The goal of this proposed research is to determine the structural and cellular basis underlying the mechanism of parathyroid hormone (PTH) receptor (PTHR) signaling. The PTHR is a major G protein-coupled receptor (GPCR) that regulates Ca2+ homeostasis and bone turnover and is the most effective therapeutic target for osteoporosis. The recently recognized capacity of PTH and certain PTH analogs to prolong G-protein activity and cAMP production after PTHR internalization into early endosomes has drastically changed how we think about cellular signaling of the PTHR, and how we study drugs that target this receptor. This new and unexpected behavior of a GPCR is of particular relevance for understanding how the recently developed long-acting PTH analogs, including LA-PTH that is in preclinical development for the treatment of hypoparathyroidism, induce remarkable prolonged signaling (cAMP and calcium) responses in cells and in mice. The structural determinants of the PTHR and cellular mechanisms responsible for these actions are not known and this is an obstacle to further progress for identifying clinically relevant analogs. We therefore propose a research program to overcome this obstacle.
Two specific aims are proposed:
Aim 1 determines the structural determinants of PTHR action through crystallography of full-length PTHR, and PTHR bound to PTH, or to LA-PTH. We will focus initially on the structural basis for the different functional properties of PTH ligands and on ionic interactions likely to be sensitive to pH changes encountered in endosomes because our preliminary findings support a critical role of endosomal pH on sustained PTHR signaling. This structural and molecular information will be further applied to Aim 2, which determines the cellular mechanism regulating endosomal PTHR signaling, focusing on the role of low pH conditions found in the endosome in determining the stability of PTH-PTHR-G protein complexes. Knowledge of structural details and differences of how PTH and LA-PTH bind to the PTHR and trigger signaling in specific subcellular locations (endosomes) provides insights into molecular and cellular processes, which can provide new opportunities for therapy. Selective targeting of PTHR-mediated endosomal Gs signaling might offer more effective and selective treatments than global targeting of cell-surface signaling.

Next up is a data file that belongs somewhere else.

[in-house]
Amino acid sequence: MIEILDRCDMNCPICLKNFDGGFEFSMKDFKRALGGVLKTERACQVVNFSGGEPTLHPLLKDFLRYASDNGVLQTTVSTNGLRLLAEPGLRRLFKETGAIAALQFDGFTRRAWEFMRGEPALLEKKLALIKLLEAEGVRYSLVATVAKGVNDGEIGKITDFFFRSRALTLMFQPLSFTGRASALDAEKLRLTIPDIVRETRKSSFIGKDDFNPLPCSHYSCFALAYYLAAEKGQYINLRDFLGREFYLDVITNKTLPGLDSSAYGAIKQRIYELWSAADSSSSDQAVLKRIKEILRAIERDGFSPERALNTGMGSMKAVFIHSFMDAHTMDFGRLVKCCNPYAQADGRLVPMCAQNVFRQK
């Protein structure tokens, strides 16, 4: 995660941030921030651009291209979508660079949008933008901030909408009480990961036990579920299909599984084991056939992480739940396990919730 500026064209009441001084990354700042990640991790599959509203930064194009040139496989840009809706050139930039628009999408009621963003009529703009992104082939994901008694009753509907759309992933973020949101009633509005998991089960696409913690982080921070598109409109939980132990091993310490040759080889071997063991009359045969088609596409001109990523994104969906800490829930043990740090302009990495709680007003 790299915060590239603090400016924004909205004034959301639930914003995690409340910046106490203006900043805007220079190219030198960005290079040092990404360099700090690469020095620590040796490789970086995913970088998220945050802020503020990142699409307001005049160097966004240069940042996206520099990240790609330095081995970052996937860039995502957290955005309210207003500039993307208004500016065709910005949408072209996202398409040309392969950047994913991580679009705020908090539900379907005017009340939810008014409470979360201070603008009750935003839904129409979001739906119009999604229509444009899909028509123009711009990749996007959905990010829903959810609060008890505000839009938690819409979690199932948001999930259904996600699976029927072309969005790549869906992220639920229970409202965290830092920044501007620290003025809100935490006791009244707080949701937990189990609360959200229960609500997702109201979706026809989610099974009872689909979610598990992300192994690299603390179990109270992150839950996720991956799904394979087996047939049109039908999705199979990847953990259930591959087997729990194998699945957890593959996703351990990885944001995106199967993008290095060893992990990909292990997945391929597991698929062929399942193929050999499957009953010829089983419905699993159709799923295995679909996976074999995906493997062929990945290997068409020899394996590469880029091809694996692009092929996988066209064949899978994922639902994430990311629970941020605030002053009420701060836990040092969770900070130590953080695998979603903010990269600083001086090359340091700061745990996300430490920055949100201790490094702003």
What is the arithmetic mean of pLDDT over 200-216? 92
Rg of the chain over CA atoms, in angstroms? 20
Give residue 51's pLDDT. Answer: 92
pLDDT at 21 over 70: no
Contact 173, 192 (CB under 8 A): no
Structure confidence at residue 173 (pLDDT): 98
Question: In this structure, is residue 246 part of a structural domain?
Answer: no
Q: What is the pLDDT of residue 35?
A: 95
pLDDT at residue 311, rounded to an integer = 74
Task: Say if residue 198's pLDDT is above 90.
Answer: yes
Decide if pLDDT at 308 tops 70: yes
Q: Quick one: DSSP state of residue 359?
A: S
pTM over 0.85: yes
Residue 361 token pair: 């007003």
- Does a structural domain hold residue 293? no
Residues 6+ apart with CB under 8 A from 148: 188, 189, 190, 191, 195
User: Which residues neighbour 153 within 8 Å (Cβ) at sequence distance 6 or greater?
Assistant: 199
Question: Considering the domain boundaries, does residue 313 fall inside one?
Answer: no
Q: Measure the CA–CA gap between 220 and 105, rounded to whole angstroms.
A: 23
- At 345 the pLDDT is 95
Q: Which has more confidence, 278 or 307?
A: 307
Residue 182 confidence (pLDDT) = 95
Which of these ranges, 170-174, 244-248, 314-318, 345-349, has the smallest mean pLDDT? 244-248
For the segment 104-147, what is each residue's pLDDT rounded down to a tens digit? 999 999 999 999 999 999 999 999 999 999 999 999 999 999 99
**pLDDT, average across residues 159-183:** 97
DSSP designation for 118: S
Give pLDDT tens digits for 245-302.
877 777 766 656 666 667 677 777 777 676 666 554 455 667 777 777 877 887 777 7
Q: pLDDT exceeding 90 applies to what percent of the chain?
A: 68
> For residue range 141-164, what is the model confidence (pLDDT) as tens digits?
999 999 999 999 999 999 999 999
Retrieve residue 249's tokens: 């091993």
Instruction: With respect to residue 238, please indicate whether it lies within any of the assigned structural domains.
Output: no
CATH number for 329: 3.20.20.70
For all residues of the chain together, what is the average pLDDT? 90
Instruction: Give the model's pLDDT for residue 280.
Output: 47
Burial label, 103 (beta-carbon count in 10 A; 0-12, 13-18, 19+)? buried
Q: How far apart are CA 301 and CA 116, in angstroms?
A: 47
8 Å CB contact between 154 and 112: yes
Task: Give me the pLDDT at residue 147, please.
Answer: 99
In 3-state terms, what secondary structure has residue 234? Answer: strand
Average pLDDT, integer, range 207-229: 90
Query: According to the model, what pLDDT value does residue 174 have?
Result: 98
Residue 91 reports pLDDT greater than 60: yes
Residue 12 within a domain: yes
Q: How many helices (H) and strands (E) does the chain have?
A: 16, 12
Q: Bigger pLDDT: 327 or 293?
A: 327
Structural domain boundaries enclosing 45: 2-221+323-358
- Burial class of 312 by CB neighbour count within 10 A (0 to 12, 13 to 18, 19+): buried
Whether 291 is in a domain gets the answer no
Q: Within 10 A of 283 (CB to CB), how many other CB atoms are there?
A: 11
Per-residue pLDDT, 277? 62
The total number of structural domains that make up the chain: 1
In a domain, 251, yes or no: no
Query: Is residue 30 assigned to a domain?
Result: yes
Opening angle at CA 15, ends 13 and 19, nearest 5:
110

Bone and mineral diseases such as osteoporosis and hypocalcemia are a major causes of death and disability in the United States and worldwide. Our studies show that some long-acting analogs of the parathyroid hormone (PTH) are promising therapies for hypoparathyroidism, a leading cause of hypocalcemia. It is critical to determine the structural and cellular mechanisms that determine the protective action of PTH-analogs. These mechanisms have not been previously investigated and may be exploited for the development of novel therapeutic approaches.
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